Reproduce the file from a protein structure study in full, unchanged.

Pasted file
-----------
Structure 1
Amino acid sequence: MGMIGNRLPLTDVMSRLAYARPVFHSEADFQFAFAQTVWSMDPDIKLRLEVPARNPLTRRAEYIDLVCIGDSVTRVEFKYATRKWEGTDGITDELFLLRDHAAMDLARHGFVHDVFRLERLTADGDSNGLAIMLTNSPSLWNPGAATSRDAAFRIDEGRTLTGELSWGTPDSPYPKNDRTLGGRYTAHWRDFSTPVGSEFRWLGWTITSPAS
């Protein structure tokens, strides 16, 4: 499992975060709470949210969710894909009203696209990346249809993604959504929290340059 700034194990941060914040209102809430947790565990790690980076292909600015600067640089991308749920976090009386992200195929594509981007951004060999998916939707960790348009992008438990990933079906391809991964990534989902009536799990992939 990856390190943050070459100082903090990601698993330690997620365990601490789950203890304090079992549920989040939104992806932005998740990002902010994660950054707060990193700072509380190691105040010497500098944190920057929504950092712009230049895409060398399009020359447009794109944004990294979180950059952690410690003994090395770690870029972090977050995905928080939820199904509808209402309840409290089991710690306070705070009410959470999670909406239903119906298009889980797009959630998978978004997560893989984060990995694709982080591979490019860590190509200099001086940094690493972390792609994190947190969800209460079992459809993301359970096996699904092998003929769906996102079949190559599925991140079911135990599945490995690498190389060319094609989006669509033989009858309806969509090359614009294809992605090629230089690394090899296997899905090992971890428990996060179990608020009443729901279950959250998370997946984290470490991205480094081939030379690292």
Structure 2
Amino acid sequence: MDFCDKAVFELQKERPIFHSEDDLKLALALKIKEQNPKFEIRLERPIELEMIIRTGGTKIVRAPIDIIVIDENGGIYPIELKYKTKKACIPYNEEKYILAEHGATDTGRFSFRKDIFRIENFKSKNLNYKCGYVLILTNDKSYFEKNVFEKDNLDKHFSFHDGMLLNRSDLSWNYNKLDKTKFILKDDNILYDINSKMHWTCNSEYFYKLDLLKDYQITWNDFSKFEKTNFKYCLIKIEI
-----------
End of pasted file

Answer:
Structure 1
Amino acid sequence: MGMIGNRLPLTDVMSRLAYARPVFHSEADFQFAFAQTVWSMDPDIKLRLEVPARNPLTRRAEYIDLVCIGDSVTRVEFKYATRKWEGTDGITDELFLLRDHAAMDLARHGFVHDVFRLERLTADGDSNGLAIMLTNSPSLWNPGAATSRDAAFRIDEGRTLTGELSWGTPDSPYPKNDRTLGGRYTAHWRDFSTPVGSEFRWLGWTITSPAS
């Protein structure tokens, strides 16, 4: 499992975060709470949210969710894909009203696209990346249809993604959504929290340059 700034194990941060914040209102809430947790565990790690980076292909600015600067640089991308749920976090009386992200195929594509981007951004060999998916939707960790348009992008438990990933079906391809991964990534989902009536799990992939 990856390190943050070459100082903090990601698993330690997620365990601490789950203890304090079992549920989040939104992806932005998740990002902010994660950054707060990193700072509380190691105040010497500098944190920057929504950092712009230049895409060398399009020359447009794109944004990294979180950059952690410690003994090395770690870029972090977050995905928080939820199904509808209402309840409290089991710690306070705070009410959470999670909406239903119906298009889980797009959630998978978004997560893989984060990995694709982080591979490019860590190509200099001086940094690493972390792609994190947190969800209460079992459809993301359970096996699904092998003929769906996102079949190559599925991140079911135990599945490995690498190389060319094609989006669509033989009858309806969509090359614009294809992605090629230089690394090899296997899905090992971890428990996060179990608020009443729901279950959250998370997946984290470490991205480094081939030379690292």
Structure 2
Amino acid sequence: MDFCDKAVFELQKERPIFHSEDDLKLALALKIKEQNPKFEIRLERPIELEMIIRTGGTKIVRAPIDIIVIDENGGIYPIELKYKTKKACIPYNEEKYILAEHGATDTGRFSFRKDIFRIENFKSKNLNYKCGYVLILTNDKSYFEKNVFEKDNLDKHFSFHDGMLLNRSDLSWNYNKLDKTKFILKDDNILYDINSKMHWTCNSEYFYKLDLLKDYQITWNDFSKFEKTNFKYCLIKIEI